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Seven Arrested in FBI Bombing Plot

October 11, 1996 GMT

CLARKSBURG, W.Va. (AP) _ Seven people connected with a right-wing militia were arrested Friday on charges of plotting to blow up the FBI’s national fingerprint record center and two other federal buildings in West Virginia.

Agents began making the arrests after Floyd Raymond Looker, the leader of the Mountaineer Militia, gave blueprints of the FBI complex to an undercover agent in exchange for $50,000, the FBI said. The agent was posing as a middleman for a fictitious international terrorist group.

The blueprints of the new $200 million FBI complex in Clarksburg were obtained by a Clarksburg firefighter who belonged to the militia, the FBI said. The fire department keeps the blueprints in case of a fire.

``There was a plot. It was ended before it could be consummated,″ said John P. O’Connor, agent in charge of the FBI’s Pittsburgh-based division. ``There were never any explosive devices constructed. There was no immediate threat to our facility.″

O’Connor said the militia also targeted two other federal facilities in the state. He wouldn’t identify the places.

Law officers confiscated plastic explosives and detonators Friday at five places in West Virginia, Pennsylvania and Ohio.

The arrests came after a 16-month investigation.

The fingerprint complex is known as the FBI Criminal Justice Information Services Division. Opened last year, it contains fingerprint records that the FBI has collected from police departments nationwide. The identification division provides information to state and local police departments.

The fingerprint center eventually will use computer programs for converting fingerprints into electronic images. This will enable the FBI to perform fingerprint checks in a matter of hours instead of weeks or months.

Automated criminal record-keeping will also be available for background checks, whether the person is seeking a job at a day-care center or trying to buy a gun.

The seven defendants were jailed without bail pending hearings next week. The charges included conspiring to make bombs, transporting explosives across state lines and conspiring to place explosives near the FBI complex.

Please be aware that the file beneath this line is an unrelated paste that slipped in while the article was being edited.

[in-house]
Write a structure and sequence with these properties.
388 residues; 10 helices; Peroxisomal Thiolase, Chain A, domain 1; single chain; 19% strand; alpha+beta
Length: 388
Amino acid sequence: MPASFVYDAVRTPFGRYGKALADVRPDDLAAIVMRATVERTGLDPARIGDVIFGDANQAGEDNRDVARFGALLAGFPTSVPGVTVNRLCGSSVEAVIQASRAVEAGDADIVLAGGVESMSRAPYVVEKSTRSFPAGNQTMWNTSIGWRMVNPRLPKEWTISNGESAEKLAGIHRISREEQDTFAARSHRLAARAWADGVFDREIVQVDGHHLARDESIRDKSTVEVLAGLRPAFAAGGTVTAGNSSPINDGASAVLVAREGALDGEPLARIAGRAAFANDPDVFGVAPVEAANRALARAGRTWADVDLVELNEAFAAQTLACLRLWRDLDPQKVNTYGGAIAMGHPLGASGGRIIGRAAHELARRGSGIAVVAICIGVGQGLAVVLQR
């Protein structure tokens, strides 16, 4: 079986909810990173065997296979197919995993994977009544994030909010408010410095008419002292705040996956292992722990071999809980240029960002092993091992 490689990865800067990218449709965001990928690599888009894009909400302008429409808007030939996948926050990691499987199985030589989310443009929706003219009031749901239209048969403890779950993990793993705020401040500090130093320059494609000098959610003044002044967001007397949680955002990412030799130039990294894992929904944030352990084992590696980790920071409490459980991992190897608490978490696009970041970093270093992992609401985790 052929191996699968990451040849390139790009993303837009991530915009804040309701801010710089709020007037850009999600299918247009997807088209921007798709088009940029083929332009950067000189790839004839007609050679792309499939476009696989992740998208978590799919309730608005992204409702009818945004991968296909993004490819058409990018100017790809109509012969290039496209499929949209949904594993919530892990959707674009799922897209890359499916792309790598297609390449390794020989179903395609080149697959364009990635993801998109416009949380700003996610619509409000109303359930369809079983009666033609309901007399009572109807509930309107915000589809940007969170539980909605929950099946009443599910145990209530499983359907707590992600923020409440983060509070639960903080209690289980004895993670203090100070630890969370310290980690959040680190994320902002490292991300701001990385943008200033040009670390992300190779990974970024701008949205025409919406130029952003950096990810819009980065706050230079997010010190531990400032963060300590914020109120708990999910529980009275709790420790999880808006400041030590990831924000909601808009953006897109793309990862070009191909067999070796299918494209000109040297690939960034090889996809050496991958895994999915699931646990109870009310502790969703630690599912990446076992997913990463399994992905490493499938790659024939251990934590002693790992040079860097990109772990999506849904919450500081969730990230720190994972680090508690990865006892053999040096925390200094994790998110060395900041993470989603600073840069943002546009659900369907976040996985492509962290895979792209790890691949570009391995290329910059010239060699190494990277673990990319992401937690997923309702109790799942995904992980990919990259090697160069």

The conspiracy charges carry up to five years in prison and $250,000 in fines. The other counts carry up to 10 years and $250,000 in fines.

O’Connor said Looker, 56, of Stonewood and firefighter James Rogers, 40, of Jane Lew were members of the militia organization. Court papers identified Edward F. Moore, 52, of Lavalette as a colonel with the group.

O’Connor said he didn’t know how the other four were connected to the militia group. They were identified as Jack Arland Phillips, 57, of Fairmont; James M. Johnson, 48, of Maple Heights, Ohio; Terrell P. Coon, 46, of Waynesburg, Pa.; and Imam A. Lewis, 26, of Cleveland.

In court papers, the FBI described several meetings this year involving Moore, Phillips and Looker at which explosives were displayed. At one meeting, according to the FBI, Moore said he was working on a rocket-propelled grenade.

An undercover source said Moore provided instruction in bombs and bomb-making, and set off an explosion in a plastic bag that left a hole 2 feet wide and 4 inches deep at the Mountaineer Militia’s training site in the countryside.

On Oct. 2, the FBI said, a source met with Phillips, who showed him a plastic container which he said was filled with an ammonium nitrate and gasoline mixture ``suitable for use as an explosive.″

Looker, a real estate developer who ran unsuccessfully for state and local offices as both a Republican and Democrat, has claimed his group has members in all 55 counties of West Virginia, and in Ohio and Pennsylvania.

He has refused to say how many members are in the group, which bars outsiders from its drills.

``You don’t divulge your strength or weakness to the enemy. Currently, it’s Bill Clinton and the press,″ he told The Associated Press in April 1995.

He also claims that 1 million U.N. troops are stationed at American military bases and that the government has set up 130 concentration camps at abandoned military bases to house law-abiding citizens.

Located 120 miles south of Pittsburgh, the FBI complex eventually will employ 2,600 people. It also will house the National Criminal Information Center and the Uniform Crime Reporting Center, FBI units now in Washington.

The surrounding hills hide the complex from view, and federal officers stop all cars at two main entrances.